Welcome back to an A to Z of discovery at Kiplin Hall and Gardens. With 400 years of history and 26 letters of the alphabet there is plenty to explore! Today we feature the letter N, N is for Nelson’s Chair.
As in many stately homes, some family possessions come with their own mythology. One such item at Kiplin Hall is known as Nelson’s Chair. A silver plaque on the chair is inscribed ‘Lord Nelson’s chair on board the Victory’. The chair is a regency style made of mahogany. It is a metamorphic library chair, meaning that it can transform its shape. The chair back folds over and transforms into a set of steps, allowing the user to climb the steps to reach books from high shelves.
In 1950 an American newspaper reported highlights of a visit to Kiplin Hall made by a Mr and Mrs Lawrence R. Carton, from Baltimore USA. (Kiplin has strong links to America as the Calvert family, who built Kiplin Hall, also founded the state of Maryland in 1632.) The article in the Baltimore Evening Sun on 11 October 1950 describes a conversation between the visitors and Bridget Talbot, the last family owner of Kiplin Hall before it went into Trust “They showed us around inside, and we marvelled at portraits of their Calvert ancestors… and an easy chair from Nelson’s quarters aboard ship at Trafalgar, with built in steps by which he climbed to his berth.”
Nelson was just 5ft 4inches tall, so some may have thought he’d need a boost to reach his berth. The battle of Trafalgar took place in 1805 and it is not known when the plaque was placed on the chair. But clearly by the 1950’s family members believed it to be linked to Nelson.
But how did it end up at Kiplin? And how accurate is this claim?
The chair is said to have been given to Lord and Lady Tyrconnel (who owned the hall from 1818-1868) by the Reverend Dr Scott of Catterick. Scott was Nelson’s chaplain on board HMS Victory and was with him on the ship when he died. Accounts of the battle and Nelson’s death suggest Scott was haunted and traumatised by what he saw. Scott went on the marry and have three children. His wife and young son sadly died. Scott then moved to Catterick with his two daughters. During this time, he became friends with John Delaval Carpenter and Sarah Crowe, Lord and Lady Tyrconnel.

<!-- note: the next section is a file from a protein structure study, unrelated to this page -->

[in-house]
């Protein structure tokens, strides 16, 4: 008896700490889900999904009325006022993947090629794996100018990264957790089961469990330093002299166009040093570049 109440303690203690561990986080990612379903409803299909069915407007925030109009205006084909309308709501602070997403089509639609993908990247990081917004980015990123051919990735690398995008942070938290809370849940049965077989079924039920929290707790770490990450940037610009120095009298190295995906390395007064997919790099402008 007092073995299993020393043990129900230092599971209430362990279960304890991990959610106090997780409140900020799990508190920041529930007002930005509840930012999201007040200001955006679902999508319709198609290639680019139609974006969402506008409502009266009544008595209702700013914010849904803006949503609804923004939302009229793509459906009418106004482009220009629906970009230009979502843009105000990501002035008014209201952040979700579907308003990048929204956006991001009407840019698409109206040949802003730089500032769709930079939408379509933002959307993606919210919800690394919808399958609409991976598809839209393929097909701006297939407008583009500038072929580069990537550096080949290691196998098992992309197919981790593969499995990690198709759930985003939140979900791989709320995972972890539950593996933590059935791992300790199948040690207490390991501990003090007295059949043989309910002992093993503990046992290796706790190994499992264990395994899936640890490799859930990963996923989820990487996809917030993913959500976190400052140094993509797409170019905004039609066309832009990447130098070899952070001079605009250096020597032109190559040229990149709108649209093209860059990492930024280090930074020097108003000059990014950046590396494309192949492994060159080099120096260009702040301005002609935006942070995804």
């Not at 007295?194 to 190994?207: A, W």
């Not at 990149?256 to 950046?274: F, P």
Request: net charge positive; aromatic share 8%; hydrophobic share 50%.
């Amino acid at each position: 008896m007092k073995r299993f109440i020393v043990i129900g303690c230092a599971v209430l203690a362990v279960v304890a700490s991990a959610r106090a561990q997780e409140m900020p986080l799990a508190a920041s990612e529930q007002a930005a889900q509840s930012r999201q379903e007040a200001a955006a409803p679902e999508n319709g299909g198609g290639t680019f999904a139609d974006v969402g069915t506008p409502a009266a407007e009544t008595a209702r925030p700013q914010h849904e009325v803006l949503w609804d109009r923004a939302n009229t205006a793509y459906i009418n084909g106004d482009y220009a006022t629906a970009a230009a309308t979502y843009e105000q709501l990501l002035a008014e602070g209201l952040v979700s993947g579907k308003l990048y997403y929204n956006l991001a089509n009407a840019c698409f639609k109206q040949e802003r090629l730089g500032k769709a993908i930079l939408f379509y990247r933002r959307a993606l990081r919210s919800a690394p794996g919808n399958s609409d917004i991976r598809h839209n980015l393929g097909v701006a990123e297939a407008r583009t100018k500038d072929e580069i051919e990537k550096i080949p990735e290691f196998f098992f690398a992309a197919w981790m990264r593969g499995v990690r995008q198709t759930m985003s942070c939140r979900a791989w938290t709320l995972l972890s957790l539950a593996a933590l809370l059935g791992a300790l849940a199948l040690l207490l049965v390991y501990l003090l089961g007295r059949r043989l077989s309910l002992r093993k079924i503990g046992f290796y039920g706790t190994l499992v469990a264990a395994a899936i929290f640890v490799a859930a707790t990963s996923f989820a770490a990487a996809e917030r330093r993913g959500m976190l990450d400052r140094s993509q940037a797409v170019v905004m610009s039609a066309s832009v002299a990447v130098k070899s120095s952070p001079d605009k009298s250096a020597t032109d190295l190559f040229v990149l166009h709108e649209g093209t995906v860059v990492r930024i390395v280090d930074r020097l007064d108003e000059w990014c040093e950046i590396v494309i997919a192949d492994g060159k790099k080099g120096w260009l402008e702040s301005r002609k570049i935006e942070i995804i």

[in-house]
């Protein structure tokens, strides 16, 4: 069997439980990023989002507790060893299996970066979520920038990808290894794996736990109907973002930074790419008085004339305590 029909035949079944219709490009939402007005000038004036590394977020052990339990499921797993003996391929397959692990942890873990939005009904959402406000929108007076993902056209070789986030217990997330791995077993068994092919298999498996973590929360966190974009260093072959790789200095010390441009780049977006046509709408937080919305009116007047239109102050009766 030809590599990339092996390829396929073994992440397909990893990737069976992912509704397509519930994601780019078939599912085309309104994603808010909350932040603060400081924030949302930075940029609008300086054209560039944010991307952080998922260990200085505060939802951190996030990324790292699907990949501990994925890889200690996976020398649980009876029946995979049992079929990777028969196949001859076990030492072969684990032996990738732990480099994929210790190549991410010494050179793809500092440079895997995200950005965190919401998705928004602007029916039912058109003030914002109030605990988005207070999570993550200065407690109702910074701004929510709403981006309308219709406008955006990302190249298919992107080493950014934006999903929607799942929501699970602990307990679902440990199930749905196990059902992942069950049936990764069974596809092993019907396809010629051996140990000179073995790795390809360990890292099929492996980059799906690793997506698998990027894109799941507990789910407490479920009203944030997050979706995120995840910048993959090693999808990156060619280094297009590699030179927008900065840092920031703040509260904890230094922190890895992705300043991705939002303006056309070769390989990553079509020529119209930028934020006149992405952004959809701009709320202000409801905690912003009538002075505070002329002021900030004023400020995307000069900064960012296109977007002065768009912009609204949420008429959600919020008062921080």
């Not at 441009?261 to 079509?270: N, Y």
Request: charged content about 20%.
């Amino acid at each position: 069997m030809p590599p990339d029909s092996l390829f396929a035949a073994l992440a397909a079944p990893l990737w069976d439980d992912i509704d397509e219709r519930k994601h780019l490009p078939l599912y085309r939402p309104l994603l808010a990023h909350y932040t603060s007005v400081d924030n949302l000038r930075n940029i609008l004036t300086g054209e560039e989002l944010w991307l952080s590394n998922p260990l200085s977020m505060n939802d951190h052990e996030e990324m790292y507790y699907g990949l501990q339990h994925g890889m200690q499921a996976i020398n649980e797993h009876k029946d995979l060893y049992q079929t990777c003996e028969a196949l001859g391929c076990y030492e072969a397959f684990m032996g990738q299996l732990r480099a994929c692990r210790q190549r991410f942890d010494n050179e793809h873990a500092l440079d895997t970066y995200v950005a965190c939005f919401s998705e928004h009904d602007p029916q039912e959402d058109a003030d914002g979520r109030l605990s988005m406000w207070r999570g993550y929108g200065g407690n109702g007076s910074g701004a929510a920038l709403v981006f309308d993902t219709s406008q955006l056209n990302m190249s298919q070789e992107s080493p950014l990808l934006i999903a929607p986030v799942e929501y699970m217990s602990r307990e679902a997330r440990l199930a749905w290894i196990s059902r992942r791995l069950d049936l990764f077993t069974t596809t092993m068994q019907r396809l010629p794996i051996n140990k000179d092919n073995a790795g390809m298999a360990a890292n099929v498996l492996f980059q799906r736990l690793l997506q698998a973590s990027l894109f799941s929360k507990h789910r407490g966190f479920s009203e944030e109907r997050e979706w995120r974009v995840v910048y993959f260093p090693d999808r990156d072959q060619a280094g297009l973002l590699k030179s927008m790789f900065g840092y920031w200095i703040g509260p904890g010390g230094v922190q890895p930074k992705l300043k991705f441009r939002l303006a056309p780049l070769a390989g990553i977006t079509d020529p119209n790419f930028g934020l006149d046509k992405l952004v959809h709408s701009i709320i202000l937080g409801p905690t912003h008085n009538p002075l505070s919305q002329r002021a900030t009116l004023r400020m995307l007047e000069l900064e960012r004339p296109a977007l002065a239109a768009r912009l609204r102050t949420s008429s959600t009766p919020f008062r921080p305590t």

In the book “The Life of Alexander Scott” by his son-in-law and daughter Margaret Gatty (1842) their close friendship is mentioned. “To the regret of the many friends who would have rejoiced in his society, Dr Scott went but little from home and, latterly, found his chief relaxation in the unlimited hospitality of his friends and parishioners, the Earl and Countess of Tyrconnel, at whose house at Kiplin he enjoyed for many years with his daughters every comfort which the utmost kindness of sincere attachment could suggest. There was at Kiplin a valuable English library, which was a constant source of gratification to him and, with the privilege of old age, he was so entirely at liberty to do what he liked that he had all the enjoyment and independence of home, without the extreme seclusion to which he gave himself up at his own vicarage.”
It seems likely that the chair was gifted to Lord and Lady Tyrconnel by Scott. Research suggests that there were two leather arm chairs on HMS Victory, one is still on display on the ship in Portsmouth Historic Dockyard. Furniture experts have questioned the style and form of the chair at Kiplin, which is not typical of the period. The earliest known drawing of this type of chair is from 1811, 6 years after the Battle of Trafalgar. Although it seems unlikely that the chair was ever on HMS Victory, it is plausible that it belonged to Scott, a close friend of Nelson. This link to Nelson and Victory maybe where the tall tale has come from.
What is for sure is the hospitality and tranquillity that Scott found at Kiplin. An experience which visitors still enjoy today. ‘Nelson’s Chair’ as it is affectionally known, is on display in the Library at Kiplin Hall. Visitors can enjoy conversing with the volunteer room stewards about this and other intriguing objects. A number of books in the library are inscribed ‘A J Scott’ and Bridget Talbot purchased a large Bible in 1925 signed by Nelson for the collection.
Naval links at Kiplin continue with Admiral Carpenter who owned the hall from 1868 to 1904. A room on the first floor is displayed as his study, featuring sea fairing equipment and seascape paintings from the collection.
Kiplin Hall and Gardens is open 6 days a week (closed on a Thursday). Visitors are strongly encouraged to wear face coverings indoors, in line with government advice on controlling the spread of Covid-19.